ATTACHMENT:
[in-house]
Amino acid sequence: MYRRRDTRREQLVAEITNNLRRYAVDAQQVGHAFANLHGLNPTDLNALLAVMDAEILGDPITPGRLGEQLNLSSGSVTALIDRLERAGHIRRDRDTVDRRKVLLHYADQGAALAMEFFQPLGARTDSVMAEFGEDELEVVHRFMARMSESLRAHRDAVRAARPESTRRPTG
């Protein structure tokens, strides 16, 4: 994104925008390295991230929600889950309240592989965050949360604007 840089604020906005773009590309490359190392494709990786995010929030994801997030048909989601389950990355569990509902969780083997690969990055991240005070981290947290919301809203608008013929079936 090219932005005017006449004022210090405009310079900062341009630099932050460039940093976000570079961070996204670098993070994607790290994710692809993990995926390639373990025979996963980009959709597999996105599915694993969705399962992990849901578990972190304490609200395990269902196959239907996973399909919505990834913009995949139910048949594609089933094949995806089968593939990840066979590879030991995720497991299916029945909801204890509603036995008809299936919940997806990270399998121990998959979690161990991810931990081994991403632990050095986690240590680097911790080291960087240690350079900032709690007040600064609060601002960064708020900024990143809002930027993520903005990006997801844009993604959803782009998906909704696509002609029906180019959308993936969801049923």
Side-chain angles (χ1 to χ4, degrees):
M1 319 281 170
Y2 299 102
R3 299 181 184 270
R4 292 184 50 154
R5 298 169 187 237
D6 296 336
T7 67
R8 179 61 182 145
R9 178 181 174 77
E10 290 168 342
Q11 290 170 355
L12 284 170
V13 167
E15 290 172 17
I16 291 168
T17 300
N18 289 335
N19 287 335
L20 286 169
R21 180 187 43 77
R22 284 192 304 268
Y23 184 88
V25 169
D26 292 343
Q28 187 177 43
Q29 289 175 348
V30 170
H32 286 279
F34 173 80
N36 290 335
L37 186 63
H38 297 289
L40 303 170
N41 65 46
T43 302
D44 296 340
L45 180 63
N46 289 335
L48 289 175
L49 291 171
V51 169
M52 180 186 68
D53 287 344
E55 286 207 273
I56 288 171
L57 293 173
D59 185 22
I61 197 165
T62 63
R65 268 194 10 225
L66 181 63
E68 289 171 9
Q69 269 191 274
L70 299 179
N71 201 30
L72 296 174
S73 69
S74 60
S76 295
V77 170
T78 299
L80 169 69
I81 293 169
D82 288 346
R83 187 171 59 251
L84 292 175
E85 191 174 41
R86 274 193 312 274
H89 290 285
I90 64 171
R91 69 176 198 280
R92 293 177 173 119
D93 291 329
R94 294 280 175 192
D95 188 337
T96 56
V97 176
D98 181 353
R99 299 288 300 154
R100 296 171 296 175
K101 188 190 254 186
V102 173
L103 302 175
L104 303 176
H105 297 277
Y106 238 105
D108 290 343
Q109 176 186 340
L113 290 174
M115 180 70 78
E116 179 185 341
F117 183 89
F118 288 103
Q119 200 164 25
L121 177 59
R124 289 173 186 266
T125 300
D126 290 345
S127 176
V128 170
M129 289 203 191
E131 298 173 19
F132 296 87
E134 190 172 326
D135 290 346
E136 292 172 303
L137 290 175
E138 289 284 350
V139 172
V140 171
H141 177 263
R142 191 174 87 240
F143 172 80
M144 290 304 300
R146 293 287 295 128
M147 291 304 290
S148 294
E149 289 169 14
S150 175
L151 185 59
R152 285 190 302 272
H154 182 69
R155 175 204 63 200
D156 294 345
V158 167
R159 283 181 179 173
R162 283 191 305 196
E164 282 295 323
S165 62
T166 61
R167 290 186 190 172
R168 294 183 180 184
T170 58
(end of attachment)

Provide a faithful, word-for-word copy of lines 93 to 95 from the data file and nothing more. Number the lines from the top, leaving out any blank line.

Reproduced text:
L113 290 174
M115 180 70 78
E116 179 185 341